**at x=1**
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#6

(Original post by

This is FP2 have you learnt chapter 6 yet?

**Teddysmith123**)This is FP2 have you learnt chapter 6 yet?

is this relevant?

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Yes because it is chapter 6 of FP2 that I am talking about. It would be difficult for you to understand what I'm talking about had you not have studied the topic yourself.

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#8

(Original post by

Yes because it is chapter 6 of FP2 that I am talking about. It would be difficult for you to understand what I'm talking about had you not have studied the topic yourself.

**Teddysmith123**)Yes because it is chapter 6 of FP2 that I am talking about. It would be difficult for you to understand what I'm talking about had you not have studied the topic yourself.

did you read my last comment ..

if in powers of

**(x-1)**, the expansion is about x=1, in other words it will start converging close to x=1 first and then expand "outwards"

so you evaluate all the derivatives

**at x=1**

in other words the value of x which makes the "bracket" zero

so powers of (x-1) require evaluation of derivatives at x=1

so powers of (x-2) require evaluation of derivatives at x=2

so powers of (x+3) require evaluation of derivatives at x=-3

so powers of (x+pi/4) require evaluation of derivatives at x=- pi/4.

PS I have not done chapter 6 in FP2, it was called very different in my days ...

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(Original post by

I see ...

did you read my last comment ..

if in powers of

so you evaluate all the derivatives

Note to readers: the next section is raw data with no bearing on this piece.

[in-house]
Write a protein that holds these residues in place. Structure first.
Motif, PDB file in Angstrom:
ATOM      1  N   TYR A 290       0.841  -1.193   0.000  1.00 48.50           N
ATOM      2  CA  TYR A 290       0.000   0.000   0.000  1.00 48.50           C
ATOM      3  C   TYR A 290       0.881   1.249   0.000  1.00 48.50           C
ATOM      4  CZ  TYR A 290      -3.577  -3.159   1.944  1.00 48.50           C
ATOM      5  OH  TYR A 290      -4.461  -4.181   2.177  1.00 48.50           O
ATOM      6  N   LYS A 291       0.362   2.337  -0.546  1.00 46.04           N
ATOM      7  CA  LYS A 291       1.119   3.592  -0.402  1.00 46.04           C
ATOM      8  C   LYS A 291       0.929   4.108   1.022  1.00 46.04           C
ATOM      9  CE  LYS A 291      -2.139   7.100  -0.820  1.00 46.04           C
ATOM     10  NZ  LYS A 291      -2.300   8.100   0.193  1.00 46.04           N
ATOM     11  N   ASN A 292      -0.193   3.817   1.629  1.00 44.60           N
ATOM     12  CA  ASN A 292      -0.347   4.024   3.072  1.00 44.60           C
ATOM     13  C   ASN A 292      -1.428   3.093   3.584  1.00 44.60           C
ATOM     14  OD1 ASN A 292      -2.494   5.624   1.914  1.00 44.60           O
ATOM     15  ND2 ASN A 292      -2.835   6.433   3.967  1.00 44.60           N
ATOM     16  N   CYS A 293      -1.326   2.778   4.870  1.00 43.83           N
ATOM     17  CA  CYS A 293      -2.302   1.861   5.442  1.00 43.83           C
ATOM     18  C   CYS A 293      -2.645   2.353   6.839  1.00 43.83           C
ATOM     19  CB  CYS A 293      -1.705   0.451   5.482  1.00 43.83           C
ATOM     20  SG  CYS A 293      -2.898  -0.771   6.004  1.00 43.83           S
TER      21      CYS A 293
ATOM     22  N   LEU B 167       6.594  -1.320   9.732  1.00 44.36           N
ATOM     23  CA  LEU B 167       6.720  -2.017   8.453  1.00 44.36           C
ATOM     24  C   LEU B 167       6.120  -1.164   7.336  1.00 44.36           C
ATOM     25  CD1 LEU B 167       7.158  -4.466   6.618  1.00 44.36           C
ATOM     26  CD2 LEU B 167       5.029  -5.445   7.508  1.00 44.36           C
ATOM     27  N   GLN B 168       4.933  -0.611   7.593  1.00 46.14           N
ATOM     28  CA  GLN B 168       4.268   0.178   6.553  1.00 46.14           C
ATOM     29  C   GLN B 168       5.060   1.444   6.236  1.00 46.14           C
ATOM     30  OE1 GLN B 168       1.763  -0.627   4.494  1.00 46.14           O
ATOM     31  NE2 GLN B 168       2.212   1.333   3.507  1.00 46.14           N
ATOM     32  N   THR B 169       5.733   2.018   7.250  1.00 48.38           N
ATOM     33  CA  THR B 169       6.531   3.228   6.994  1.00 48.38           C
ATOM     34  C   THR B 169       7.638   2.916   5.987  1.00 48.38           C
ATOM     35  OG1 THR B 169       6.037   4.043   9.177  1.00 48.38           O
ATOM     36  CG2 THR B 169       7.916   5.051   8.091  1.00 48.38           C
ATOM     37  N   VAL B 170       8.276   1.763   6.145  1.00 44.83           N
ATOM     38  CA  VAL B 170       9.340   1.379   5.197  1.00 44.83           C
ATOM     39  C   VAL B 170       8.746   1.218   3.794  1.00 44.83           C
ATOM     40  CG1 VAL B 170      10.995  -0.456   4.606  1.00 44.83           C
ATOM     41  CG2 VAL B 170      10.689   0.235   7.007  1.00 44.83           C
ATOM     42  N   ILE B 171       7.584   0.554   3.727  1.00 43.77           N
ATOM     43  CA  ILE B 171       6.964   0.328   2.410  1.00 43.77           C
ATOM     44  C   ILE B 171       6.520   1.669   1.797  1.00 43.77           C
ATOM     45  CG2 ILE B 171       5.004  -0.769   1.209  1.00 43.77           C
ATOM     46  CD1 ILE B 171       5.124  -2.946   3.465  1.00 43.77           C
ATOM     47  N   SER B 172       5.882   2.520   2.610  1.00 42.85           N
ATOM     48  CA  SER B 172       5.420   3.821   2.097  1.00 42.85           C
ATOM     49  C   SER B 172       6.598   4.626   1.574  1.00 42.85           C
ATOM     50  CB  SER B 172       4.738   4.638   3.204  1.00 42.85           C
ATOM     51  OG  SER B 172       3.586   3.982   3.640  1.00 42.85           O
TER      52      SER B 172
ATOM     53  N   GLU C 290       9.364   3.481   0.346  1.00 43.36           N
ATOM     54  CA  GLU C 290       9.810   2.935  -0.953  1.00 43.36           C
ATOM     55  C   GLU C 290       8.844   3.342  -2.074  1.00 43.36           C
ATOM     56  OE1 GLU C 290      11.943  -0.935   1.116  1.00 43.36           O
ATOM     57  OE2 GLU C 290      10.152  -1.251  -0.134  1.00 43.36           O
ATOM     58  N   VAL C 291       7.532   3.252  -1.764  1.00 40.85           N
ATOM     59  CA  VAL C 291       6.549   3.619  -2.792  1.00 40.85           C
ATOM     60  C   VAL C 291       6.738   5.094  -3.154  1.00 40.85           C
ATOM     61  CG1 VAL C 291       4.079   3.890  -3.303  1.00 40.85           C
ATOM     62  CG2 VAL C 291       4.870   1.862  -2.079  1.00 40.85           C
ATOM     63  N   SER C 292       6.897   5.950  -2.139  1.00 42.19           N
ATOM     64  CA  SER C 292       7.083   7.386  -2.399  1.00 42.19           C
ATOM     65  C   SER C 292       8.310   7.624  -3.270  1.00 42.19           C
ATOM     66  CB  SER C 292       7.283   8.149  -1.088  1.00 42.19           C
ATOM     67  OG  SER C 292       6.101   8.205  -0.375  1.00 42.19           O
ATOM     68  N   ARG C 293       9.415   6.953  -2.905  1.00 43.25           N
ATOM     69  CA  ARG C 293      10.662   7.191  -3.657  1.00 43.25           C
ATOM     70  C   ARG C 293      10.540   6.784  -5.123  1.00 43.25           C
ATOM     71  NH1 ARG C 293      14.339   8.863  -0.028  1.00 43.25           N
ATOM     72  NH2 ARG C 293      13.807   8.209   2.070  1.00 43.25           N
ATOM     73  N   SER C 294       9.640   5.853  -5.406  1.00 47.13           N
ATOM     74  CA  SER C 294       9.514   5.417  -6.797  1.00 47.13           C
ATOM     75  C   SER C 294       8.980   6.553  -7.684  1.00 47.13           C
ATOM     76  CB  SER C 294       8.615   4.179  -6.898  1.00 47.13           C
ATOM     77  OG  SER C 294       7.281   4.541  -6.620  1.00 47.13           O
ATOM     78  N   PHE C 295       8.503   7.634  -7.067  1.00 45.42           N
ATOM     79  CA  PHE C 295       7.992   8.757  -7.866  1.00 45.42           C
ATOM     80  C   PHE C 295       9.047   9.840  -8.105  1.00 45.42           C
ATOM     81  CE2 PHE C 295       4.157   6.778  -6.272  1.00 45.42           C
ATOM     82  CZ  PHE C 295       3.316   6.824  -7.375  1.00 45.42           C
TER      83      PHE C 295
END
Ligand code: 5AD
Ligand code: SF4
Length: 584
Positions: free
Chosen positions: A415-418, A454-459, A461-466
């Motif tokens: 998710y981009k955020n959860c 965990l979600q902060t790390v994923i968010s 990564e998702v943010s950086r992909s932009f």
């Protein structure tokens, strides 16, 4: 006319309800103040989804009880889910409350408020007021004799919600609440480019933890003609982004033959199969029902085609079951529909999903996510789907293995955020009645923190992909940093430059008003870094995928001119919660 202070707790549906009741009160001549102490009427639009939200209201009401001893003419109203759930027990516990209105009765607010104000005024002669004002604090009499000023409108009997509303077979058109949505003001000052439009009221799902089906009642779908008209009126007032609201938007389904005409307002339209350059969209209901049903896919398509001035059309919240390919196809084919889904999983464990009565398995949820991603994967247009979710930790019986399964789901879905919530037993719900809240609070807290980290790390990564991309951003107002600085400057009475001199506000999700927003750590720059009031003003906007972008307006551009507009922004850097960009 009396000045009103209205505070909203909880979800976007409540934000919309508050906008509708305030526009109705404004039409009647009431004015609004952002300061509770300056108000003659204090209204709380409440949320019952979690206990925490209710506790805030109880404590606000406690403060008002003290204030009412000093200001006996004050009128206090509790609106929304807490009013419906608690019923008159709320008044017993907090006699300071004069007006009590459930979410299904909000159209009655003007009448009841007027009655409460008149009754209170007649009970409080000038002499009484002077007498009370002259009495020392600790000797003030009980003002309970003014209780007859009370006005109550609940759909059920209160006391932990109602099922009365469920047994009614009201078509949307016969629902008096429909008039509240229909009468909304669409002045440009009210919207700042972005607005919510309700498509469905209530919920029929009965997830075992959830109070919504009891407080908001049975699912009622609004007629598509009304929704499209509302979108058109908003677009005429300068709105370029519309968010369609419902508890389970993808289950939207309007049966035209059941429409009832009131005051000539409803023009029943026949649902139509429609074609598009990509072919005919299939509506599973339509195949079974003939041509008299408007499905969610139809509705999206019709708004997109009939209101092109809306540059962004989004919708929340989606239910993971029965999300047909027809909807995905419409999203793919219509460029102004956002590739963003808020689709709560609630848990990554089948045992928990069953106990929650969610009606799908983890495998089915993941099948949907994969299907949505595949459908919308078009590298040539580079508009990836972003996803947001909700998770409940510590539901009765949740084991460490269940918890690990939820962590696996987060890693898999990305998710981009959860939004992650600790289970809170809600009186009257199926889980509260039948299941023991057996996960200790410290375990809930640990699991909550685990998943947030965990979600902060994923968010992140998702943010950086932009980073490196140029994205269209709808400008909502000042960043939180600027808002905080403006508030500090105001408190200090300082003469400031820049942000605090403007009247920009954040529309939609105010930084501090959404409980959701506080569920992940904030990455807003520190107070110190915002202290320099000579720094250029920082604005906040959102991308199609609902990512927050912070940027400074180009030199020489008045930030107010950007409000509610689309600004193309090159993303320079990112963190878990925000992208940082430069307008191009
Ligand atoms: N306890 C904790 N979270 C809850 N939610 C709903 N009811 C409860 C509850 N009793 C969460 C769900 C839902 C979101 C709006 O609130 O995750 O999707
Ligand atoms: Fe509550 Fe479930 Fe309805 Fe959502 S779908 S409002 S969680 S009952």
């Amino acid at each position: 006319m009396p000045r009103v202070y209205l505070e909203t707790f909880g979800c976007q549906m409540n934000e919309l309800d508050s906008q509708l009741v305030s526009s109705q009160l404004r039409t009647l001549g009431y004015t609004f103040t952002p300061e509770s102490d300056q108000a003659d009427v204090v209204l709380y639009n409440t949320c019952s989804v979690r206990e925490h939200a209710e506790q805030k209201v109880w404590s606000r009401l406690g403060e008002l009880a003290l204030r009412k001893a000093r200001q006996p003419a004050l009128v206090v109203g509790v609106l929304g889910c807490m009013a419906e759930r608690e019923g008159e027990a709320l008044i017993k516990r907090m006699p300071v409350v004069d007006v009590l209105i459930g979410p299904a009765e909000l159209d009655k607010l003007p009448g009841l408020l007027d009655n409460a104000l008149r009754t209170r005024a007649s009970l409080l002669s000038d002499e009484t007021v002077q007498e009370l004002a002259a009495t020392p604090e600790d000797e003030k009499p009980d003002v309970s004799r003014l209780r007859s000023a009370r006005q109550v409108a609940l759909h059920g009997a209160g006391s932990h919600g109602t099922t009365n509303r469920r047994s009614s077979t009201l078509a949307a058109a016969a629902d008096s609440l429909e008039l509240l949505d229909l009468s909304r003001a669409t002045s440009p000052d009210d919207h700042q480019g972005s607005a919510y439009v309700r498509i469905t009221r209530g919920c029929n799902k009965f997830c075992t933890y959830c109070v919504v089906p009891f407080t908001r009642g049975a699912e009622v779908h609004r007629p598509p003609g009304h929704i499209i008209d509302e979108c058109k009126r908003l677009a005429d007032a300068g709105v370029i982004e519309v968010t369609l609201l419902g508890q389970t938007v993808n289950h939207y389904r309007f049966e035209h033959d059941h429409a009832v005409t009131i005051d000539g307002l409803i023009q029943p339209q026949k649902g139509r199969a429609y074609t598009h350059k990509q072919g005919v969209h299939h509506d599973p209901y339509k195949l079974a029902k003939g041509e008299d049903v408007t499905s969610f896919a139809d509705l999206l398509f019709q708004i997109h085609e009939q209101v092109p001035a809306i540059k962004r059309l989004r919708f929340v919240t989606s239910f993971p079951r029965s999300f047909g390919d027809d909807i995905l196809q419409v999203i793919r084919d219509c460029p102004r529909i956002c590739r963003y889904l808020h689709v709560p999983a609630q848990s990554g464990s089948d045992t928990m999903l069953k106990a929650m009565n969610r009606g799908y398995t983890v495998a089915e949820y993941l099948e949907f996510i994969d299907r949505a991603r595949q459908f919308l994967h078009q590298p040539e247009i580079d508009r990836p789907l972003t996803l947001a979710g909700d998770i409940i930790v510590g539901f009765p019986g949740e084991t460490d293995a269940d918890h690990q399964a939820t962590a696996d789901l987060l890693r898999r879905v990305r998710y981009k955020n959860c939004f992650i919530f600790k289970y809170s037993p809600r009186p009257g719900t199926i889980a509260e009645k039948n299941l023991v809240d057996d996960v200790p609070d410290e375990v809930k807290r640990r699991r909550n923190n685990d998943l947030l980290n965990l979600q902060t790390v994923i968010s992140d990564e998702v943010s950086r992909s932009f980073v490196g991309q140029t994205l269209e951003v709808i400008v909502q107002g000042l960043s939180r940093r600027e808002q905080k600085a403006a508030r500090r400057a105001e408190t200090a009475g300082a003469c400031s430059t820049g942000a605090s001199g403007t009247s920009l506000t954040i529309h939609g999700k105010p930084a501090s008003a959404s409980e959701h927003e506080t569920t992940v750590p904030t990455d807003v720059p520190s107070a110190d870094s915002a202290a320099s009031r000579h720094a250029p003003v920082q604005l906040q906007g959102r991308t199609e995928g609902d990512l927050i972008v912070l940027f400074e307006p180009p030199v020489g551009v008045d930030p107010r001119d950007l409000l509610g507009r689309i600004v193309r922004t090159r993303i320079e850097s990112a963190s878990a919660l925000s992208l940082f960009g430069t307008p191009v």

in other words the value of x which makes the "bracket" zero

so powers of (x-1) require evaluation of derivatives at x=1

so powers of (x-2) require evaluation of derivatives at x=2

so powers of (x+3) require evaluation of derivatives at x=-3

so powers of (x+pi/4) require evaluation of derivatives at x=- pi/4.

PS I have not done chapter 6 in FP2, it was called very different in my days ...

**TeeEm**)I see ...

did you read my last comment ..

if in powers of

**(x-1)**, the expansion is about x=1, in other words it will start converging close to x=1 first and then expand "outwards"so you evaluate all the derivatives

**at x=1**in other words the value of x which makes the "bracket" zero

so powers of (x-1) require evaluation of derivatives at x=1

so powers of (x-2) require evaluation of derivatives at x=2

so powers of (x+3) require evaluation of derivatives at x=-3

so powers of (x+pi/4) require evaluation of derivatives at x=- pi/4.

PS I have not done chapter 6 in FP2, it was called very different in my days ...

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#10

(Original post by

Ah ok, I've just read through what you've written and read over the explanation in my textbook and I think I may understand. Thanks anyway for your help!

**Teddysmith123**)Ah ok, I've just read through what you've written and read over the explanation in my textbook and I think I may understand. Thanks anyway for your help!